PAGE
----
Your Best Curriculum Starts with YOU

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“What curriculum do you use?”

It’s the most common conversation starter in homeschool circles. Why not? We all want to know the best curriculum, and it’s a great way to break the ice when meeting a fellow home educator for the first time. It’s a topic of immediate common interest. 

Choosing the best curriculum is, after all, the most important decision to ensure our children receive the best education, right?

Well, maybe. 

I was a typical young mother when my husband and I made the decision to homeschool our second, not-so-typically developing son. We felt it would be best for him and save potential teachers lots of grief. 

Like 99 percent of first-time homeschool moms, I had no idea what I was doing and was pretty scared. So, I asked the “Best Curriculum” question to some homeschooling friends and got many answers. Thankfully, one helpful mom suggested I attend an upcoming used curriculum event at a local park.

On-the-money advice.

I drove into the parking lot. From my eight-passenger van, I could see several large picnic tables laden with all kinds of curriculum choices and books. My heart pounded! It was real. I was finally a full-fledged home-educating parent buying a curriculum. I could hardly wait to explore the wondrous contents.

So much! A smorgasbord of perfect teaching tools. My eyes widened and fell upon a nearly-new Bob Jones Spelling curriculum with its thick teacher’s guide and matching student workbook. Bob Jones had been highly recommended by one of my friends. The student book looked doable. Then I began reading the teacher’s instructions for the lessons.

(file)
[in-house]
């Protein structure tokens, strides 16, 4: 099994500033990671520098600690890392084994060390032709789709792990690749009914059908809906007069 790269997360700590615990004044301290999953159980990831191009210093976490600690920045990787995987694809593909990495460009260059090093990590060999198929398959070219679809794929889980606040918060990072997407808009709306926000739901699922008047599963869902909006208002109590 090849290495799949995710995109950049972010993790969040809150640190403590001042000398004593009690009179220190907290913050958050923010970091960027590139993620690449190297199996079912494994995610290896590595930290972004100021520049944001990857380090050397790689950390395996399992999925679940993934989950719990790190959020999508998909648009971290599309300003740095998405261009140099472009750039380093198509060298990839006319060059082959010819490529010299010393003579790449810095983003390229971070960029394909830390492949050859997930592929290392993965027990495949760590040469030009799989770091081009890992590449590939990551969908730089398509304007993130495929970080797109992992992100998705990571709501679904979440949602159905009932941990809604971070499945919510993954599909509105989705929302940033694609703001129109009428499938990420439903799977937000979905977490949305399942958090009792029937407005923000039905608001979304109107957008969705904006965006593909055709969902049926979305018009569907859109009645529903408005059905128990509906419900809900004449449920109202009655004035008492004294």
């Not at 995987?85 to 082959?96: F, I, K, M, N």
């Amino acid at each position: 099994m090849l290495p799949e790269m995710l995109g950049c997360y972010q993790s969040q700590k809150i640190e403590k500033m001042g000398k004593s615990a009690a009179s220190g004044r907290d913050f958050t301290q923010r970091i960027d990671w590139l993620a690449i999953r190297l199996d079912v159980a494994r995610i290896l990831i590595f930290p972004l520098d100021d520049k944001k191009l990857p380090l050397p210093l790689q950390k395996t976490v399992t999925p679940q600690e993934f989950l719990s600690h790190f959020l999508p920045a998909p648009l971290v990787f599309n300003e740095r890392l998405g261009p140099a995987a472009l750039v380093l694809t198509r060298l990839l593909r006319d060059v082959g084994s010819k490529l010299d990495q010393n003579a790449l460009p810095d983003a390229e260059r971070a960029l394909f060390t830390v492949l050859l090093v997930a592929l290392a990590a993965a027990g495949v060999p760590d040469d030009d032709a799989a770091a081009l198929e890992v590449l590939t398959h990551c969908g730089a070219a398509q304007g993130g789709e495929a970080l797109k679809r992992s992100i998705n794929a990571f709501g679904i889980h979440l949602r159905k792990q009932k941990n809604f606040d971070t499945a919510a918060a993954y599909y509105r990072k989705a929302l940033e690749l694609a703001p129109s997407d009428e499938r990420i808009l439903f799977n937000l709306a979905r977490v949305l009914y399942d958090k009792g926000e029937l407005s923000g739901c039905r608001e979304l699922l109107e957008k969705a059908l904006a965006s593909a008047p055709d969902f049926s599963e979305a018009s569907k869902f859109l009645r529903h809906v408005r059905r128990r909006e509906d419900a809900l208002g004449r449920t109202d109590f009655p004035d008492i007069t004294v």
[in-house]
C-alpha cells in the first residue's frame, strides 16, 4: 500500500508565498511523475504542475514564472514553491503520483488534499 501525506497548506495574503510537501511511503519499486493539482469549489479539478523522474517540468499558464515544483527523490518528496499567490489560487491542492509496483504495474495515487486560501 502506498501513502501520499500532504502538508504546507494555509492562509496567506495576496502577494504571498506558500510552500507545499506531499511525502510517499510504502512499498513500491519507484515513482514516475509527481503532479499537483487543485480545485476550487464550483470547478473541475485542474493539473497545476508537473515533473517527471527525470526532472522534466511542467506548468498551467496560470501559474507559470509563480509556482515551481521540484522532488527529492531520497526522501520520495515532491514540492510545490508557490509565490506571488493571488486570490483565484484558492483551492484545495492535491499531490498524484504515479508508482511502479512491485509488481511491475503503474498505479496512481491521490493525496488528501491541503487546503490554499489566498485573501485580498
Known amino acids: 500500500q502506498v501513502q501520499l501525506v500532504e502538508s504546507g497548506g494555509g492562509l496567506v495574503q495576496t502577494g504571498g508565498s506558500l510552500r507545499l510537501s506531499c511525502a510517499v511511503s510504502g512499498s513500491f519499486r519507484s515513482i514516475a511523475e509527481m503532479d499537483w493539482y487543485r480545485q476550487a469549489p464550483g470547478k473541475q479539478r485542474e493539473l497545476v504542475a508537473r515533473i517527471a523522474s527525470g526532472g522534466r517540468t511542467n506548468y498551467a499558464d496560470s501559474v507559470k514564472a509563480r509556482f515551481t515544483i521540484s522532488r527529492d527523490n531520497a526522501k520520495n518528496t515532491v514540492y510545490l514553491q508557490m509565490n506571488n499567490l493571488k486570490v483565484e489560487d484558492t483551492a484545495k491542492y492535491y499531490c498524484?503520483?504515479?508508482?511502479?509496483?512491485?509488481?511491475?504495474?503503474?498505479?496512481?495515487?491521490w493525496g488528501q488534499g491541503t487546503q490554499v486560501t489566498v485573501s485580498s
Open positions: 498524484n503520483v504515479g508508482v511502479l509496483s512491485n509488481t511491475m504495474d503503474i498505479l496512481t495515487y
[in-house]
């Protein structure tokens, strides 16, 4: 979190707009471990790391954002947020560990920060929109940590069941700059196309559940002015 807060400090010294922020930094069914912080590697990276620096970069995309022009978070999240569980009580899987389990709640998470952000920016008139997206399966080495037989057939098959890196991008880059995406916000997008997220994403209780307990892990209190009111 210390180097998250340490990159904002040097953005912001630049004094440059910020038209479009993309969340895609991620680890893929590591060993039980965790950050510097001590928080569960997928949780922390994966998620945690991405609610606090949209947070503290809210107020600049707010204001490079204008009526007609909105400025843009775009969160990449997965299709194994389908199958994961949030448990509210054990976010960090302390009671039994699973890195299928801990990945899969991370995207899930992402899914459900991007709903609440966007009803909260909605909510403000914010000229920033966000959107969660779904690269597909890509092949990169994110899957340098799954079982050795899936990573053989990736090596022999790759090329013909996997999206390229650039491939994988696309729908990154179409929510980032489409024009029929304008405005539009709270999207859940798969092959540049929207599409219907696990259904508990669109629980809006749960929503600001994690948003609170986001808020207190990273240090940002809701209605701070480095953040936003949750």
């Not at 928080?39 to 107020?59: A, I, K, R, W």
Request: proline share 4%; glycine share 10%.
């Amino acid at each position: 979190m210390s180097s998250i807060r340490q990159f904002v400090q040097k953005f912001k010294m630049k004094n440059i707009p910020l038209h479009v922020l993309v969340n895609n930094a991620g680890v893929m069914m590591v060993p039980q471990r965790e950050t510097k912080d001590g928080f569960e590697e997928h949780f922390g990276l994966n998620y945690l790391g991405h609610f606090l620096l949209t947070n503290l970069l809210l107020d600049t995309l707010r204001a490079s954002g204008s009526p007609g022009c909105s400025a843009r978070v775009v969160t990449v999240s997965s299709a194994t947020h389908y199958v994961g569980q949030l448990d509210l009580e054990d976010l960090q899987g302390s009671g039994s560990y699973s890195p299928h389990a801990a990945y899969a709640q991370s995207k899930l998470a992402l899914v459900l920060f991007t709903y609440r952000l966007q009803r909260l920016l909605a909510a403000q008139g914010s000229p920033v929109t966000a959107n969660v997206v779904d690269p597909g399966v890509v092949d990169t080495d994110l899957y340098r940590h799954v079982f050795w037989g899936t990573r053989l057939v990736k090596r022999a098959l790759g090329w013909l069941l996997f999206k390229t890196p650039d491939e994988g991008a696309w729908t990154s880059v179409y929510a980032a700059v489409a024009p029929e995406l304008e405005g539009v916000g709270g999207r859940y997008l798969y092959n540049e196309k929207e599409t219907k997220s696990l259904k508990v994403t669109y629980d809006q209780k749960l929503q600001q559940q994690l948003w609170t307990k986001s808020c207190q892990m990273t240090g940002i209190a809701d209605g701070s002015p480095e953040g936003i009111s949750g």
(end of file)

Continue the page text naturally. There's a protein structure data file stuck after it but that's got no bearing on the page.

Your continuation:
I felt woozy. My palms began to sweat. I became sick to my stomach.

How could I ever accomplish what was laid out for just one day’s spelling lesson? So much to do! It would take me all day to do it well. And this was just spelling! It required so much time and effort for such a small subject. 

I retreated back to my van and gripped the steering wheel.

What on earth would I tell Russ? That teaching was beyond my abilities? I could never do it?

I knew in that moment that a traditional curriculum, like Bob Jones and Abeka, didn’t mesh with my somewhat ADHD self. However, during my rapid withdrawal from the sale, I caught a glimpse of Mary Pride’s first edition of The Big Book of Home Learning. I tracked down a copy and wrote to every provider who offered a catalogue. 

My mailbox overflowed. I loved it. I scoured and marked every catalogue that offered something that would fit my style and personality. Some were somewhat standard workbook materials that seemed more inviting and less intimidating than the curriculum used in traditional classrooms. Others offered more adventurous, less-traditional approaches.

I ordered many resources, none of which my friends had ever used. I dug in.

I taught myself how to use the resources because nobody else was there to help.

I forced myself to fully understand the content and the purpose of each lesson, chapter, or activity until I owned it and it didn’t own me.

Then, and only then, would I introduce it to my son.

I knew what to do, even though there were days I hadn’t put enough me into the lesson to be fully satisfying and instructive for my son or me.